What is free food worth? An evaluation of welfare effects on food pantries
AAEA members release new research in AJAE
Food pantries played a substantial role in stemming food insecurity over the course of the pandemic. They are more flexible than public assistance, without the need for significant enrollment procedures. For this reason, they played an important role in buffering the shocks from the recent pandemic and the current rise in food prices. Households are able to make use of these services as the need arises.
In the new article “What is free food worth? A nonmarket valuation approach to estimating the welfare effects of food pantry services” published in the American Journal of Agricultural Economics, Anne Byrne from the USDA Economic Research Service and David Just from Cornell University, measure the value of food pantry services to the household that make use of them.
Their research found that families who attend the food pantry are obtaining between $600 and $1000 of value annually. This is a substantial amount for a low income household. This suggests that food pantries nationwide are adding between $19 billion and $28 billion annually. For reference, this is substantially more than the estimated value of sales from farmers markets (about $9 billion) and substantially smaller than the value of SNAP benefits (typically at least $65 billion). The study focused on a food bank in Colorado. The value of the food pantry system to clients in Larimer County Colorado is estimated to be between $9.8 and $11.4 million annually, making the food pantry system a key contributor to the local community.
Just says “A few years back, Anne had a conversation with a food bank program manager and asked what questions she was interested in. She replied, 'I know the numbers we have about quantities, tax credits, etc. but I would love to know what these services really mean to the people we serve. What is our value to the community?' Anne came back to me and suggested we could use their administrative data to answer that question by looking at what their clients gave up in order to get to the pantry, and I immediately agreed."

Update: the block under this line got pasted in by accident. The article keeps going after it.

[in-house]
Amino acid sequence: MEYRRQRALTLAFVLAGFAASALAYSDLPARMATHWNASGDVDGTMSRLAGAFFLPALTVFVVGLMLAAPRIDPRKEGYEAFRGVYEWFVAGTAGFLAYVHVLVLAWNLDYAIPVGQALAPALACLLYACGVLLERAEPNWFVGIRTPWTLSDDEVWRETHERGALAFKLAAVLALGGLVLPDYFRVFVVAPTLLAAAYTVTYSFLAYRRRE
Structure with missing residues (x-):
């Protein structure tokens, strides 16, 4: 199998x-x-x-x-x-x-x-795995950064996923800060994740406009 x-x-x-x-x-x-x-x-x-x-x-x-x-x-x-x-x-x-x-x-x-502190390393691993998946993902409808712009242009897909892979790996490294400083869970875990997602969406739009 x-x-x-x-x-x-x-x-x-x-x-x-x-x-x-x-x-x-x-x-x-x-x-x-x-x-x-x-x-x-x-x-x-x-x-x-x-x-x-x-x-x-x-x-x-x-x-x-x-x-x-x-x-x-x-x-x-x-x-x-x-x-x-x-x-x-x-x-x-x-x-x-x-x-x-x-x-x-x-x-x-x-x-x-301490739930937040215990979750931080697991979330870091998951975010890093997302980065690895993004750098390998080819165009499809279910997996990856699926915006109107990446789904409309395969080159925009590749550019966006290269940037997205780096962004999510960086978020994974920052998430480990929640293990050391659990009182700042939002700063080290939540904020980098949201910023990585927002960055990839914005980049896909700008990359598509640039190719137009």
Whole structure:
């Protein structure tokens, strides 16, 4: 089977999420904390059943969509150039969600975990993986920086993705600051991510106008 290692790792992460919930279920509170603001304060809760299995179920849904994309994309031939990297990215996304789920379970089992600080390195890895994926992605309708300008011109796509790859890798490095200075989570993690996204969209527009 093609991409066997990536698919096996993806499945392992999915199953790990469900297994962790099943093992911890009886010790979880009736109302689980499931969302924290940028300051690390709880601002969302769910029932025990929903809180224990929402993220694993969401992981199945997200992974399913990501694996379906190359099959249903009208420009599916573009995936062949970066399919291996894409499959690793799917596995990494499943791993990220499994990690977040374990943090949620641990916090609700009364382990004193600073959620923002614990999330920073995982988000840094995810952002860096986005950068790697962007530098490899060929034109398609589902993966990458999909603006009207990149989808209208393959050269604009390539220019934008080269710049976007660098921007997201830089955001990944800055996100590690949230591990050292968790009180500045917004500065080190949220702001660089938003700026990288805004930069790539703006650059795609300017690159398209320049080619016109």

If you are interested in setting up an interview to learn more about their findings, please contact Allison Ware in the AAEA Business Office.
ABOUT AAEA: Established in 1910, the Agricultural & Applied Economics Association (AAEA) is the leading professional association for agricultural and applied economists, with 2,500 members in more than 60 countries. Members of the AAEA work in academic or government institutions as well as in industry and not-for-profit organizations, and engage in a variety of research, teaching, and outreach activities in the areas of agriculture, the environment, food, health, and international development. The AAEA publishes three journals, the Journal of the Agricultural and Applied Economics Association (an open access journal), the American Journal of Agricultural Economics and Applied Economic Perspectives & Policy, as well as the online magazine Choices and the online open access publication series Applied Economics Teaching Resources. To learn more, visit www.aaea.org.
Contact: Allison Ware
Senior Communications &Membership Manager